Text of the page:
Both candidates and hiring managers need technology. Skilled individuals use the resource of technology to effectively illustrate their aptitudes; however, many candidates unknowingly misuse technology which detracts from their best qualities. Candidates must learn how to ensure hiring managers see their qualifications both favorably and efficiently.
“My submission is now in.” — Why are so many resumes not decipherable?
Because of Federal reporting requirements and process efficiencies, more companies have moved to an online resume submission process. This offers some advantages for the company but means more work for the candidate. Most candidates develop their resumes in Microsoft Word, investing time into adding character to their .docs, only for them to be cut and pasted into various boxes on an online application. Often times there are invisible characters and spacing slides that occur without candidates’ knowledge, which leaves a messy, difficult to appreciate representation of what they had originally intended. To help alleviate this problem, all candidates should take an additional step: copy the information into the notepad program available on any computer, then paste all information from this plain text system into the respective submission boxes.
“I attached my Resume.doc file to the email.” — Oh, original.
An emailed resume name should be for the benefit of the hiring manager’s organizational needs, not the candidate’s file structure. “Resume.doc” is one of the most over used file names available. The purpose of these files in most systems is to be a template, NOT the actual file name. Resumes should also avoid using the year in the title, this gives hiring managers the impression that candidates may be seeking employment routinely. A recommended format for a file name is as follows: “John Smiths Resume Company Name Position.” Hiring managers will know at a glance that the resume is unique, tailored to a specific position, and will appreciate the effort to save them precious moments of their time.
“The template worked perfectly.” — Too bad it was used 87 other times today.
Candidates seeking employment often illustrate many personality traits by virtue of the formatting they select for use on their resume. Candidates who must use templates should modify them. While many pre-installed Word templates are ideal to help candidates with a starting point, hiring managers have seen these templates before, sometimes thousands of times. Hiring managers can only assume that these candidates are lacking in creativity, in need of computer savvy, settle easily, or have not put much effort into the job search. All of these traits can be red flags to the hiring manager. A well-formatted resume converted to an Adobe (.pdf) file is more memorable because of its visual appeal and indicates a higher mastery of software skill.
“Good, we are now connected.” — Convenient candidate, inconvenient place.
LinkedIn is becoming an important resource for candidates. The most successful ones made connections even before they were job seeking. However, no hiring manager uses the site as an exclusive system for contact management; it extends relationships. For most hiring managers, Outlook is synced directly to their phone and LinkedIn is not. If a candidate has successfully connected to a prospect, contact information should be sent to the hiring manager’s email with a v-card attached. The virtual business card ensures that upon referral or connection, they have the needed contact information immediately. When a candidate works from the hiring manager’s preferred method, it is more likely to result in success.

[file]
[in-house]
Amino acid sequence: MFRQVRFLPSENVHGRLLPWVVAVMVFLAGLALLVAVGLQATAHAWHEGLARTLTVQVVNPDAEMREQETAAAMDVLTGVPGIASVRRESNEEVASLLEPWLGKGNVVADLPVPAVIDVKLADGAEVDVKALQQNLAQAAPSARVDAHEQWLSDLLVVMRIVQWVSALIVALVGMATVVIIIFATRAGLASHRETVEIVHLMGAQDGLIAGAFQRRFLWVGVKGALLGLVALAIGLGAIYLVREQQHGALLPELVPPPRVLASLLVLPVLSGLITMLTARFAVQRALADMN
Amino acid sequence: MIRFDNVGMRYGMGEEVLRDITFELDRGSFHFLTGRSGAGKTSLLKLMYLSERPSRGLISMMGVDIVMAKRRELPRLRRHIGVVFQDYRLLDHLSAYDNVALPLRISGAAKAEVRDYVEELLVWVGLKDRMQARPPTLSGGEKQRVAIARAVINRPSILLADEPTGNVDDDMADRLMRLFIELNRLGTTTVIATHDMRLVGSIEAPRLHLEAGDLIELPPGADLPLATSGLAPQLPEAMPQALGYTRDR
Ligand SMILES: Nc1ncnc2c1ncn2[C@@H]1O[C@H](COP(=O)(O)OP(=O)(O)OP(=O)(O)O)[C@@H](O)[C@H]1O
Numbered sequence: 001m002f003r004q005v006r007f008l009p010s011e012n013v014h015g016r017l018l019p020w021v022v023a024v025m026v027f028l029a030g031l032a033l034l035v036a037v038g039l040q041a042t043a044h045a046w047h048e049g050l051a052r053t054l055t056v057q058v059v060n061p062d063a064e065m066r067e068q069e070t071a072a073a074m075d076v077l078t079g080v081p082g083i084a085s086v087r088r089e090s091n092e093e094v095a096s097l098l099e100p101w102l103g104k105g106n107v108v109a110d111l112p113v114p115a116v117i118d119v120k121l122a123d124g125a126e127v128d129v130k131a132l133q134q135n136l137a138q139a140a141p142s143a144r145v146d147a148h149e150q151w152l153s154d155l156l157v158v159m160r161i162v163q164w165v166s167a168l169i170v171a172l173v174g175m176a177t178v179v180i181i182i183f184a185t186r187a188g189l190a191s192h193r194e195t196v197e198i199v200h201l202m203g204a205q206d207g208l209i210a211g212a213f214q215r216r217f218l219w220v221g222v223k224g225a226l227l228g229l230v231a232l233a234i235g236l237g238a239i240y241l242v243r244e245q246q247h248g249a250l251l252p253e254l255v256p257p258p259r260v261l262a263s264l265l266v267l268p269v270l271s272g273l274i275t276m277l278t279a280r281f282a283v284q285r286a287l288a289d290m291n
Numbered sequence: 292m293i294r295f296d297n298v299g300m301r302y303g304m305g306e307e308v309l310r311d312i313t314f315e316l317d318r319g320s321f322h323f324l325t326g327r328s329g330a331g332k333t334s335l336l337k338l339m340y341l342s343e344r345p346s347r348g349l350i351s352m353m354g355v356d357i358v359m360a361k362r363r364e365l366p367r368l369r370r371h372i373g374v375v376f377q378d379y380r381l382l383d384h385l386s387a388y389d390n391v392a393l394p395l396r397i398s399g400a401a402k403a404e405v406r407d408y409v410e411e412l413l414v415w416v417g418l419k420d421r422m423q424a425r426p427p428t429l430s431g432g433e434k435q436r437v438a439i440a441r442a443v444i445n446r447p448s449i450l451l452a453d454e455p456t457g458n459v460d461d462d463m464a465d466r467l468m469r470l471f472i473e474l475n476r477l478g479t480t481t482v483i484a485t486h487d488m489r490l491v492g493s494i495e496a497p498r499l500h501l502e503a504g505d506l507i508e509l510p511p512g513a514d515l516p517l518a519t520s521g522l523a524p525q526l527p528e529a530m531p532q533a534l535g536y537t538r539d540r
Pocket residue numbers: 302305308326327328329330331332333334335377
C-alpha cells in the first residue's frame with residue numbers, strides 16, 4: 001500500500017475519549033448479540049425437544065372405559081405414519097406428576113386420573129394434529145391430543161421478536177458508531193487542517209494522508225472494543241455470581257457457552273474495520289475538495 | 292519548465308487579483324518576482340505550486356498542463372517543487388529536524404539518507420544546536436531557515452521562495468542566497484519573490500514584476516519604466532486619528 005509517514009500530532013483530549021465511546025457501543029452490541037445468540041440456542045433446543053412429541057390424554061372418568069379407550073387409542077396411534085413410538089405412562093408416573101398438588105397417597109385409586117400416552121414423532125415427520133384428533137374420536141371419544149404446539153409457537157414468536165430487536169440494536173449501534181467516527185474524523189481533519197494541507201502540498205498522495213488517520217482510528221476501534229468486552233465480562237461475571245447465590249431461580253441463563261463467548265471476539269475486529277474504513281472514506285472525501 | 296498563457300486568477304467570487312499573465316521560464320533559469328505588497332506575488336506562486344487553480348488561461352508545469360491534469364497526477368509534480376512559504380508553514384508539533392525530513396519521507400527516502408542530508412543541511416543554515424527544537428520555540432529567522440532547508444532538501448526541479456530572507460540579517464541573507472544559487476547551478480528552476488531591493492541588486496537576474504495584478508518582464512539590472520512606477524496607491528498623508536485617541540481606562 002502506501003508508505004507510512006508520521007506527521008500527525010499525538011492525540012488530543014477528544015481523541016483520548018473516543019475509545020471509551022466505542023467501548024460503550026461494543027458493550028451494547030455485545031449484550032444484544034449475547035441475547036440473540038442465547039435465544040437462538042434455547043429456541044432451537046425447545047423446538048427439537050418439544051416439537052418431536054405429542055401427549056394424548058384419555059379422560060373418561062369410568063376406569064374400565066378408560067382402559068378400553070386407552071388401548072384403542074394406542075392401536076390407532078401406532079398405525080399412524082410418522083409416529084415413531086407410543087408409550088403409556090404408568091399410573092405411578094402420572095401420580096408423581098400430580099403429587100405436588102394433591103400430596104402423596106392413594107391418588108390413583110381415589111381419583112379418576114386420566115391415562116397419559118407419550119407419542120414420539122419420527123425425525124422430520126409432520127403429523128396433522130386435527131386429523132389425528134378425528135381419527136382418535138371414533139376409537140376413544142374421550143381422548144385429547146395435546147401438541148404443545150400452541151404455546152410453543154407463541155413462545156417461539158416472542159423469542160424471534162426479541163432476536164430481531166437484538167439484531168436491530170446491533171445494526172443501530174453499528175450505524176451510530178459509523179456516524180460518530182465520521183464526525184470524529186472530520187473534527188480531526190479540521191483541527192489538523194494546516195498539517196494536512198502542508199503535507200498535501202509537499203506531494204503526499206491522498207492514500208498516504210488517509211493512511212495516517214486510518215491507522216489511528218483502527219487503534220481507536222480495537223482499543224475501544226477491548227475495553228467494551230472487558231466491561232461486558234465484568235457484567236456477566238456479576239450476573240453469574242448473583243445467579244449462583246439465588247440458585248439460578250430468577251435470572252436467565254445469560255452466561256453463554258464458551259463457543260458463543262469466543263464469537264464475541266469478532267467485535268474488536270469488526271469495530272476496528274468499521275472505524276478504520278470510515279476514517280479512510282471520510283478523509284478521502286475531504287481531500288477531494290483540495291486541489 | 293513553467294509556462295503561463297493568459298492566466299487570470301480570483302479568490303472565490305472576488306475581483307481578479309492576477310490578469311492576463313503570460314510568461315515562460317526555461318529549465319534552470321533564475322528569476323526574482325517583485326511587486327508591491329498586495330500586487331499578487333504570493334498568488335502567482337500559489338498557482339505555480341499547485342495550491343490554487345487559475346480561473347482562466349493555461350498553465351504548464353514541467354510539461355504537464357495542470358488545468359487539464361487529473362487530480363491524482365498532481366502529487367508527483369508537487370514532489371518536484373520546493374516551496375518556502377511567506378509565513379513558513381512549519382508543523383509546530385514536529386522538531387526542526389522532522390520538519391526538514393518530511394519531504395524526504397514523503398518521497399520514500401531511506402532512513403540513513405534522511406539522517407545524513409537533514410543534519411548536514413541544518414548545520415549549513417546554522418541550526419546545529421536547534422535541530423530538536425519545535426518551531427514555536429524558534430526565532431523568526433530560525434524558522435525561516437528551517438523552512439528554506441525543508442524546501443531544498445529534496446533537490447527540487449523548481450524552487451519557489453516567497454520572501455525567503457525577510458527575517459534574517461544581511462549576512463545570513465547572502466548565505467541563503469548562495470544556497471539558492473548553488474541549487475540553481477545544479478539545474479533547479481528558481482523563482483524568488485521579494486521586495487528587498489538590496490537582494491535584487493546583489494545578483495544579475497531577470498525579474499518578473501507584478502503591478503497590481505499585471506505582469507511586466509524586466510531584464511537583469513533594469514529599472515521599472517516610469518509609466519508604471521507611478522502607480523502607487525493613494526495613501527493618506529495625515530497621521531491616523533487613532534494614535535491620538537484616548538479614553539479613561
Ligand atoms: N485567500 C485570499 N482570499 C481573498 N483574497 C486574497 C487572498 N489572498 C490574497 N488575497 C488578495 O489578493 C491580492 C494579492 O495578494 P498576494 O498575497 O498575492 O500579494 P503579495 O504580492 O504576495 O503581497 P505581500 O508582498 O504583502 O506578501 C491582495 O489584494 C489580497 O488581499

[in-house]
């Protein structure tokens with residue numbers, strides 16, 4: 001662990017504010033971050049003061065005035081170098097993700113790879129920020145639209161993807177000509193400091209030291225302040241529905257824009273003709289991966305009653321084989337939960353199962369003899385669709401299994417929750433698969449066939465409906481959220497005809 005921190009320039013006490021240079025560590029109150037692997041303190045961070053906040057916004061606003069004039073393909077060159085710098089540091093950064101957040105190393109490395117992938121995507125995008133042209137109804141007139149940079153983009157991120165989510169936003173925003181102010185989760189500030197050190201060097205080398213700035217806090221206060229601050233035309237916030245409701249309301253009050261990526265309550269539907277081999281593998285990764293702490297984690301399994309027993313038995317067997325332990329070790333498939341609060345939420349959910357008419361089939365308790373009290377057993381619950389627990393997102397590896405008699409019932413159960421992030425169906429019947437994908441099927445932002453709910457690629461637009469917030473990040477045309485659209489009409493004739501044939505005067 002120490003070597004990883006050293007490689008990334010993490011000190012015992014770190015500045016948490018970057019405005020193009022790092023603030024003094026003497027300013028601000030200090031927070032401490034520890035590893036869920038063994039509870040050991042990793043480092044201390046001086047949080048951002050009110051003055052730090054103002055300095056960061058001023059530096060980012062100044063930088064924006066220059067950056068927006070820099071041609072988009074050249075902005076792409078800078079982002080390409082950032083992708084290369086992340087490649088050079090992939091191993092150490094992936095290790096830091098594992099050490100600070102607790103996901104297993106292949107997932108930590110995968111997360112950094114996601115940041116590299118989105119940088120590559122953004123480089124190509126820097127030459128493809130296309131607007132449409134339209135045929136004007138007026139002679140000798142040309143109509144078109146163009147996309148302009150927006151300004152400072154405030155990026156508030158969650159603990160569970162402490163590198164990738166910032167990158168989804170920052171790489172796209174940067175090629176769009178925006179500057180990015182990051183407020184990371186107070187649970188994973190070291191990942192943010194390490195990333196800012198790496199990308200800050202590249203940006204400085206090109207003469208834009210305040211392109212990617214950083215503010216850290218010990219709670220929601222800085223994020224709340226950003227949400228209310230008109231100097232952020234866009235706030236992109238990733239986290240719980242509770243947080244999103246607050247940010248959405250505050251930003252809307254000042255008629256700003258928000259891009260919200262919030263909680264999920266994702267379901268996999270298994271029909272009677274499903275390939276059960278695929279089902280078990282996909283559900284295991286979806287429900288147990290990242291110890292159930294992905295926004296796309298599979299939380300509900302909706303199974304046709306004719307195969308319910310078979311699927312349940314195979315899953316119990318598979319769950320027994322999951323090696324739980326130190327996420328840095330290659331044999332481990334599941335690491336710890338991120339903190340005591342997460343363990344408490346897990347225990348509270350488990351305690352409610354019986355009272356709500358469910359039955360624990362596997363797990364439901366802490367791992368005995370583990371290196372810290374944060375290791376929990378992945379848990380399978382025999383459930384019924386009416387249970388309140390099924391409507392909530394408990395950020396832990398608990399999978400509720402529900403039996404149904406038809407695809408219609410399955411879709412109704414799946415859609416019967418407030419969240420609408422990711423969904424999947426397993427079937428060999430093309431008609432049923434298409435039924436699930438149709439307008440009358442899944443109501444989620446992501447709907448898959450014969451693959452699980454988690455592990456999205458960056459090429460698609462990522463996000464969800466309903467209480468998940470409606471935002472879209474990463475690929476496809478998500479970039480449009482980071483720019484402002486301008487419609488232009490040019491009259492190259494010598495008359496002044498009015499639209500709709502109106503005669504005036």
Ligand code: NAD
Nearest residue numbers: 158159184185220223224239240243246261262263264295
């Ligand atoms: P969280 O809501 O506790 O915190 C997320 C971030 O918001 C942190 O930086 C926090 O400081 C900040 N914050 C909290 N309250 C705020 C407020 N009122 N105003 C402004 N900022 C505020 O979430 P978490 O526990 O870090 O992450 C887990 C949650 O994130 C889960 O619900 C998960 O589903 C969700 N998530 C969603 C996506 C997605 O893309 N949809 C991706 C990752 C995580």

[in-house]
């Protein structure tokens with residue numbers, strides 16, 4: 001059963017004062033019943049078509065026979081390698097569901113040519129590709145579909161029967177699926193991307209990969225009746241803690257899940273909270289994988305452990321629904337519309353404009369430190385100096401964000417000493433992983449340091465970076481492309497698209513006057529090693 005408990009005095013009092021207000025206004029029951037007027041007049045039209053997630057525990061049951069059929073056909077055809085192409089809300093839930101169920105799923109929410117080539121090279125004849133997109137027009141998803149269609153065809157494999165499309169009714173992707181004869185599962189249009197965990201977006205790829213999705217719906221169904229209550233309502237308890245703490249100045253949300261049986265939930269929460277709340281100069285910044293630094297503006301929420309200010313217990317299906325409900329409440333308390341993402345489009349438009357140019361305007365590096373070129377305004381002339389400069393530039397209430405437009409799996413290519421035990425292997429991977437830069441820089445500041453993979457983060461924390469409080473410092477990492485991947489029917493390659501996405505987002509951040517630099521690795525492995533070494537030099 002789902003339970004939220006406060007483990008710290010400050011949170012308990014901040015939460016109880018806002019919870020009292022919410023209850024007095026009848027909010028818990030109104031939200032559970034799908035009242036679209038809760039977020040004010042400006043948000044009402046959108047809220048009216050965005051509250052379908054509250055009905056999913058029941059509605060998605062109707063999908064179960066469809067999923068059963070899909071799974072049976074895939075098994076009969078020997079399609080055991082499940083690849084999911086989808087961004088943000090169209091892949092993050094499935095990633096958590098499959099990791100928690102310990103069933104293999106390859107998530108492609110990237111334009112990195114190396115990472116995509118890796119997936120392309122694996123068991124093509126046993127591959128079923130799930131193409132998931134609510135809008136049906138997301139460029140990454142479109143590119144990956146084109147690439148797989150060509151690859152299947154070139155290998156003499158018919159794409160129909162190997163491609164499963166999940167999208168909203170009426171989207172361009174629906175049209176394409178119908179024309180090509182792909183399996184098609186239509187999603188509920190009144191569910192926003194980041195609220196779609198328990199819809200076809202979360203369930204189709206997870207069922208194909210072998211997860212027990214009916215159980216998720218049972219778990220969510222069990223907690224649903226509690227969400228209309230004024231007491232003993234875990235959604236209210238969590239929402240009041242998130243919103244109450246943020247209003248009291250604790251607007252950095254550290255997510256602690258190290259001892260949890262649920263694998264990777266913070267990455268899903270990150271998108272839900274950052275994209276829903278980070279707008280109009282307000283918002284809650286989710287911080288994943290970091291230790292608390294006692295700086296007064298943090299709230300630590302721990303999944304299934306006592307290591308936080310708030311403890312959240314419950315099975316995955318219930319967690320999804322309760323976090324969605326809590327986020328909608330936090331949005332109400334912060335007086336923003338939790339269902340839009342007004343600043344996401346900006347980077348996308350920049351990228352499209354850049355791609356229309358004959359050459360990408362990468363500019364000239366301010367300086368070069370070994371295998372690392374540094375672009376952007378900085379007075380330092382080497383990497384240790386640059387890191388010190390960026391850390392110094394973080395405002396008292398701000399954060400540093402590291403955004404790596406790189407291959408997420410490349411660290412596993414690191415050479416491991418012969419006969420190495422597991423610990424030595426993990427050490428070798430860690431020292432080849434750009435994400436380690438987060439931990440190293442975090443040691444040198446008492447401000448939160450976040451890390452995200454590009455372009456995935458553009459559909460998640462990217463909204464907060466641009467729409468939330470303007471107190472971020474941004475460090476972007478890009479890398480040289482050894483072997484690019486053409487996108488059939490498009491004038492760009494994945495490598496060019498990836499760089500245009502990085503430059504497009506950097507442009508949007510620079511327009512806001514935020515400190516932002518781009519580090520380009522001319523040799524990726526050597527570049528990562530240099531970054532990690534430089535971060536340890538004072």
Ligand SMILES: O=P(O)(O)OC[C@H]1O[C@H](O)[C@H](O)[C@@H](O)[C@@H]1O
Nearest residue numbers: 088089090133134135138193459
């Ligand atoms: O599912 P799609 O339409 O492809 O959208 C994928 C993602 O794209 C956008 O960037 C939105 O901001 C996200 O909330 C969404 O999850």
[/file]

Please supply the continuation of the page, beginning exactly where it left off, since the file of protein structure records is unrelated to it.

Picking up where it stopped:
“Good news, I am proficient in Office.” — Bad news, no true definition for that.
For every candidate and hiring manager in the entire state of Indiana, there is a different definition of what it means to be “Proficient” in a skill set. Many times this misalignment
is what causes turnover. When it comes to actually describing skills, avoid being generic. Candidates that describe themselves as “Proficient” may as well not say anything at all. If a candidate is skilled to a level of pivot tables and v-lookups, that is worth incorporating. Illustrate specific skills for each software that is listed and the version through which a skills set is refined- i.e. “Office 07.”
“Why is no one calling?” — WithAttidude@nowhere.com did get our attention.
Email addresses are factors that hiring managers use to illustrate computer skills and personality types. Valid or not, there is a certain stigma attached to candidates using home platforms like AOL as having “average or less” skills, because it is an ISP seldom used in professional environments. Candidates who use an email address that contains random numbers generated by the email provider, such as firstname.lastname@example.org, can give the impression of being lazy or one whom settles easily. Cute references, nicknames, or joint spouse accounts are considered less than professional. Candidates are best served by a free Gmail-type account that clearly states their name.
It’s all about Demonstrating Promise
Hiring managers that see hundreds of candidates and deeply understand the value demonstrated in proper technical skills. The superior candidates that know how to both effectively and efficiently make their point are the ones who navigate beyond the filtering process.
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